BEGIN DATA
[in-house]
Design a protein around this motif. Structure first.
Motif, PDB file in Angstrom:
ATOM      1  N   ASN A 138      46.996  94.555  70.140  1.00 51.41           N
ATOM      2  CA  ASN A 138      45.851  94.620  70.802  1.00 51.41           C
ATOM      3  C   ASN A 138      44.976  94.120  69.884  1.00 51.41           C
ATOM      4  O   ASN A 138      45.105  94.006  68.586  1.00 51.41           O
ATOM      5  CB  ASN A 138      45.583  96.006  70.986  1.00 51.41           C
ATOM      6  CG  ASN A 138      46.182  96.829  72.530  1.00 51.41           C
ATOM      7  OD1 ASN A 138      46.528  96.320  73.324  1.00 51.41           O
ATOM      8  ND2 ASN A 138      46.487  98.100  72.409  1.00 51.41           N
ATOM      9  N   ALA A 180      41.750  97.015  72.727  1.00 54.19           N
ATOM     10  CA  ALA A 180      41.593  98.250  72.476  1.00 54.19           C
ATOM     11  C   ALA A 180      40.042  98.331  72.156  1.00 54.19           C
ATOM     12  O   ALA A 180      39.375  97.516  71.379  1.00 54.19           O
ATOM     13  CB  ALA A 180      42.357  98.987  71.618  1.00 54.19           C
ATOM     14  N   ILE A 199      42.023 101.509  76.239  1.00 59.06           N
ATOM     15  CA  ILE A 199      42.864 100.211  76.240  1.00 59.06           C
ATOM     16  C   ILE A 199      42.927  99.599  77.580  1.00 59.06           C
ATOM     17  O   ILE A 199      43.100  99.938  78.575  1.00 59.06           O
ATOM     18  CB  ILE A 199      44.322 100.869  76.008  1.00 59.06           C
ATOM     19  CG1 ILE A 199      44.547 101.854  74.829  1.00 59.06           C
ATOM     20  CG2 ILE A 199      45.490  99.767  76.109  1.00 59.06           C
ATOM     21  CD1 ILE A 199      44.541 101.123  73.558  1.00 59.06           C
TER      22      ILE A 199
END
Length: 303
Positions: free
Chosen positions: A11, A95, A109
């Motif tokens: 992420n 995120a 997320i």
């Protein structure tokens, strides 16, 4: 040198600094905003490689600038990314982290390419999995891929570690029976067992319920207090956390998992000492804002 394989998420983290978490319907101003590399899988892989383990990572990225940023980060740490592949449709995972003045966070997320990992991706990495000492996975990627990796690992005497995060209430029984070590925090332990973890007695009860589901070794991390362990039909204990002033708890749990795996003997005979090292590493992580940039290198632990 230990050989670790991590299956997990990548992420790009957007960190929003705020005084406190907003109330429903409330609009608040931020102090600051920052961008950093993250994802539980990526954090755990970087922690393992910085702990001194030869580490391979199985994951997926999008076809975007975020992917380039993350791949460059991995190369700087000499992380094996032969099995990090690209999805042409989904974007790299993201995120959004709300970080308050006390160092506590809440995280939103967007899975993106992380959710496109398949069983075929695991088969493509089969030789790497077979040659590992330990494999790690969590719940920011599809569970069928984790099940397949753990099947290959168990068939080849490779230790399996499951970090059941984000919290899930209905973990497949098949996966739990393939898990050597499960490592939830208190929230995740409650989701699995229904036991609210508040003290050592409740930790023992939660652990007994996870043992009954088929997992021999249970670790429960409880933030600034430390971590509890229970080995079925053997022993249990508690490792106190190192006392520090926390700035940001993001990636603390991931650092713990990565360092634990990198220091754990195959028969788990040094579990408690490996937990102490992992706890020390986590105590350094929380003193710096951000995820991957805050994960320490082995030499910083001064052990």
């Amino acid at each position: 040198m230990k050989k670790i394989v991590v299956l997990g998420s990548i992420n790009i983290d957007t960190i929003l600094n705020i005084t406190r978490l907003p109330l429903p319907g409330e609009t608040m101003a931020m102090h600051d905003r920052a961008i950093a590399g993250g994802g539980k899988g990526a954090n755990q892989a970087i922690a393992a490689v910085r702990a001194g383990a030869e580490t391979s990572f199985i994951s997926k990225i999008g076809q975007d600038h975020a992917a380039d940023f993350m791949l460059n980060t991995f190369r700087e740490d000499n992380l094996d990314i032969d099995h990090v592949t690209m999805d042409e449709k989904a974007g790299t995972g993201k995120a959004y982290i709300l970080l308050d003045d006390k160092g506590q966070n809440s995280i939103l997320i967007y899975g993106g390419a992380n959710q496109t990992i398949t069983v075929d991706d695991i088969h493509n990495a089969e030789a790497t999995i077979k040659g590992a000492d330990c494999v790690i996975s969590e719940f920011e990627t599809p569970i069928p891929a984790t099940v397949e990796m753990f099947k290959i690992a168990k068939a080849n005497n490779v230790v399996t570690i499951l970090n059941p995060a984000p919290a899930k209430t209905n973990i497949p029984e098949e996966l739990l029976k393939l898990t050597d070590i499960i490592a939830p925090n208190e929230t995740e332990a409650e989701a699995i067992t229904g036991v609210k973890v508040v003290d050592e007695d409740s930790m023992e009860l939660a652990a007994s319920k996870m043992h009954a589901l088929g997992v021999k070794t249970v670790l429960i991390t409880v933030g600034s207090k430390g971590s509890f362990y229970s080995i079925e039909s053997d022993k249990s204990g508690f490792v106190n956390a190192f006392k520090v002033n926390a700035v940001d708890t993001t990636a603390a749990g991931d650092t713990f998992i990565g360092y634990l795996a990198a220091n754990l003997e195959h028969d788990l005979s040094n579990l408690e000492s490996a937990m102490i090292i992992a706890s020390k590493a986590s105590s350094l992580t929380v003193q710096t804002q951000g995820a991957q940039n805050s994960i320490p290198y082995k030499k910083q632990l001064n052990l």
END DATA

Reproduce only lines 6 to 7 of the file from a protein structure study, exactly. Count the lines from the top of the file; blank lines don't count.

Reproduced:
ATOM      3  C   ASN A 138      44.976  94.120  69.884  1.00 51.41           C
ATOM      4  O   ASN A 138      45.105  94.006  68.586  1.00 51.41           O